Today's Veterinary Business

DEC 2018

Today’s Veterinary Business provides information and resources designed to help veterinarians and office management improve the financial performance of their practices, allowing them to increase the level of patient care and client service.

Issue link: https://todaysveterinarybusiness.epubxp.com/i/1054694

Contents of this Issue

Navigation

Page 40 of 69

Yelp advocates for business owners by allowing them to remove erroneous reviews. You are probably laughing, but it's true and is the one thing Yelp does do better than other review sites. If you have claimed your free Yelp listing — vis- it http://bit.ly/2Az5tY3 — you will be able to dispute reviews. For example, a practice I con- sulted with was accused of killing a client's cat. The clinic, however, had no record of the client or such an incident. The "review" was likely in- tended as a personal attack against someone at the practice. We dis- puted the review with Yelp, saying we could furnish proof through the practice management software that the "client" was not associated with the practice. Soon after, we received this email from Yelp: "We're writing to let you know that we've evaluated Larry C.'s re- view. … After assessing the review carefully against our content guide- lines, we agree that this review should be removed. "We rely on community engagement to help keep Yelp useful. Thanks so much for taking the time to bring this matter to our attention!" Yelp swiftly removed the review. When dealing with a nega- tive review on Google, you are allowed to flag the review and submit a support request, so long as you have a Google business ac- count and have claimed your busi- ness entry. (Learn more at www. google.com/business.) For instruc- tions on flagging negative Google reviews, visit http://bit.ly/2DdpOVF. Facebook is a bit different regarding reviews because the platform is significantly more conversational. If someone leaves a review and you reply, the person can simply reply back, generating a dialogue. I recommend posting only once and including your professional contact information — see tip No. 3 on Page 36 — so that you can take the conversation offline. This will pre- vent the situation from escalating. 1 2 3 Much like the advice regarding Mr. Crazy, if someone posts some- thing about you or your practice in a local, private Facebook group, do not reply. It's too easy for other people to jump in and for the conversa- tion to veer closer to chaos. When dealing with local Facebook groups as a forum for discussion, often- times loyal clients will come to the rescue. This happens more often than you might think, especially if the claims are outrageous or offensive. Take a look at this real-life example: Like many things in life, the post shows that cooler heads will prevail. What is most important to keep in mind is that many minor issues can be smoothed over with dialogue. Intensive conflicts require more troubleshooting but can still be approached methodically based on the advice provided above. If you keep best practices in mind, a negative review here or there is certain to be the exception and not the rule. And if a negative review does spring up, you'll be well-equipped to handle it. Socially Acceptable columnist Eric D. Garcia is an IT and digital consultant who works exclusively with veterinary practices and speaks at veterinary conferences around the world. Learn more at www.ericgarciafl.com. Is your practice Human-Animal Bond Certified? Our low practice pricing allows you to certify everyone from your front oce sta and practice managers, to nurses and veterinarians. Get the Certification your clients will be looking for. Get Human-Animal Bond Certified Today. Visit NAVC.com/HAB to learn more and start marketing your practice as a HAB-C clinic. Presented By: Founding Educational Partner: Title Sponsors: GET THE CERTIFICATION, GAIN THE ADVANTAGE.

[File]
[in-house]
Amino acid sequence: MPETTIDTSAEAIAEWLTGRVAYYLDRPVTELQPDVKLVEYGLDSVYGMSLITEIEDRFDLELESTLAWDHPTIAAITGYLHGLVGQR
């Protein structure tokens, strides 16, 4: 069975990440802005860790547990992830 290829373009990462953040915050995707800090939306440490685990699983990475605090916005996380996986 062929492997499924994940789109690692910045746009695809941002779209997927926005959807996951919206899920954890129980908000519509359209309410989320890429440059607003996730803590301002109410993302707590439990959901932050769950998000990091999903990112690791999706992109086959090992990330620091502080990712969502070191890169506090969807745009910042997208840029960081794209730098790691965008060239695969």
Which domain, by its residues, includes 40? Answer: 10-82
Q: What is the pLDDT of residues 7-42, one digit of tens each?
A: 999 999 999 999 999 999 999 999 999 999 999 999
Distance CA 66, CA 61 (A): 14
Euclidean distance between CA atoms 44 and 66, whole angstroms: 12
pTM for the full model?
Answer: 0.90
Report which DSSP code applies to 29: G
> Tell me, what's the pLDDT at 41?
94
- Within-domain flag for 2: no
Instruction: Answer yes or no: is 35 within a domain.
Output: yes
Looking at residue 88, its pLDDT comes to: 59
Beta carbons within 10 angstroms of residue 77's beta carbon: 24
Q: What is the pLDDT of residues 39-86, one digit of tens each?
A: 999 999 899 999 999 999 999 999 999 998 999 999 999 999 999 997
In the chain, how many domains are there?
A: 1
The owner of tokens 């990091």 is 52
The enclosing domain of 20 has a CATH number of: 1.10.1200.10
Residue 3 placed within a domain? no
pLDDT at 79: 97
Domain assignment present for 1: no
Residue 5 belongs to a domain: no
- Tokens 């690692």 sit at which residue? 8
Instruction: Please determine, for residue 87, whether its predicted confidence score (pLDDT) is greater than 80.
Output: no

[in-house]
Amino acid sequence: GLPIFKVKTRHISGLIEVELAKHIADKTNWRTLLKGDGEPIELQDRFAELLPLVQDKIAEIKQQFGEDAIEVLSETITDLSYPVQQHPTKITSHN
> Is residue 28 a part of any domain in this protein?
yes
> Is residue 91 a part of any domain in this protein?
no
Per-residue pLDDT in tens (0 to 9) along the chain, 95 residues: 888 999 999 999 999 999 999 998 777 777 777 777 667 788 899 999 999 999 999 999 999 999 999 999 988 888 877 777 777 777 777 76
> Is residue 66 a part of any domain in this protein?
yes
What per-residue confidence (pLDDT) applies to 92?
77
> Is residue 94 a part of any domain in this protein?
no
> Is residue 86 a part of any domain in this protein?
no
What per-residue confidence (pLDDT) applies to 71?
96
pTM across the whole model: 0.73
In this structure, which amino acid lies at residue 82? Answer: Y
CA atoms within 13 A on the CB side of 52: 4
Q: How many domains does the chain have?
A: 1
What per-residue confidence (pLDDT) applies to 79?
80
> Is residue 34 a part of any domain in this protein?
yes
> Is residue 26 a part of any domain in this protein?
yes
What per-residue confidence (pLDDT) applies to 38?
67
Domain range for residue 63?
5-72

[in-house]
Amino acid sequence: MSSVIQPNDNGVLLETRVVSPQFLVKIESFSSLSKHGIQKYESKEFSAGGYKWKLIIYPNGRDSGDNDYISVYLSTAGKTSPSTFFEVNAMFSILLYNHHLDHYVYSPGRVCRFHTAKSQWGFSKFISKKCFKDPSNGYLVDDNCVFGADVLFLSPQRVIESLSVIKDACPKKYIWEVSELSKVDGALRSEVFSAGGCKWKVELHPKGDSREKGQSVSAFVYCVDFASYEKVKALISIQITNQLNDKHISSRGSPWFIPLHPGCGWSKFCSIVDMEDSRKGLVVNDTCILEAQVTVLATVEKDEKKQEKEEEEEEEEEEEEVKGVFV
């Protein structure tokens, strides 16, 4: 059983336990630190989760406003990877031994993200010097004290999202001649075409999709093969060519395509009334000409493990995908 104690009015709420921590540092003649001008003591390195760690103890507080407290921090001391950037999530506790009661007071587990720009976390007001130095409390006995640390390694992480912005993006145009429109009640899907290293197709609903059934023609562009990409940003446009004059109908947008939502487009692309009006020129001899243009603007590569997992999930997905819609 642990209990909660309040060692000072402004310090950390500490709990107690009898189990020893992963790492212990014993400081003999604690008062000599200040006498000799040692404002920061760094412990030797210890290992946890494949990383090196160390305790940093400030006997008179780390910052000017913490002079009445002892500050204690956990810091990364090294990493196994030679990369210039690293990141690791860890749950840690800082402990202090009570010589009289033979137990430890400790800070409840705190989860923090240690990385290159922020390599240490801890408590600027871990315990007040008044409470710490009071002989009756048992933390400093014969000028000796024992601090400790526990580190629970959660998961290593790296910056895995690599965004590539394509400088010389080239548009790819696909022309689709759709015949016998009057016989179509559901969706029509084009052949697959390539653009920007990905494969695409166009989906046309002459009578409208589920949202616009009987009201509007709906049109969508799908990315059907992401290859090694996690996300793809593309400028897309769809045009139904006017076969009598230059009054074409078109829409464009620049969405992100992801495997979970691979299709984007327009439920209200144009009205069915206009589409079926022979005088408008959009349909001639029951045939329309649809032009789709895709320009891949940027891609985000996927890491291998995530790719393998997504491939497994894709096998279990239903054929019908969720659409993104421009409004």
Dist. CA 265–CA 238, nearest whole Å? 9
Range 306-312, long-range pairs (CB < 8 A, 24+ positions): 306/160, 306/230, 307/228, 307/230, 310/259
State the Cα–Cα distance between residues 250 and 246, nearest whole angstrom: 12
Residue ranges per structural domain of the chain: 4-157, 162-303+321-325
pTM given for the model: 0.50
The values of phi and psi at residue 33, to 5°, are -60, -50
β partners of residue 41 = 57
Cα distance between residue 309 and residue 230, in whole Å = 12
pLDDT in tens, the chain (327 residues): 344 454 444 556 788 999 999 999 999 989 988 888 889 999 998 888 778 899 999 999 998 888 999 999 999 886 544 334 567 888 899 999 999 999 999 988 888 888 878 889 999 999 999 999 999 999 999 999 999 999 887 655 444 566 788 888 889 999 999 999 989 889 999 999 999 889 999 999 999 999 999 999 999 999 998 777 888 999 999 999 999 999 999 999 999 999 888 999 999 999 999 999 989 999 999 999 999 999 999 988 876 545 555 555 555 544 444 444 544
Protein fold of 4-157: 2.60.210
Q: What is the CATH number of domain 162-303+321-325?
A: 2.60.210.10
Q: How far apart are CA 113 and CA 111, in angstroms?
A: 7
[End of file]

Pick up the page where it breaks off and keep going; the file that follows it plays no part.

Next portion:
Articles in this issue

Links on this page

Archives of this issue

view archives of Today's Veterinary Business - DEC 2018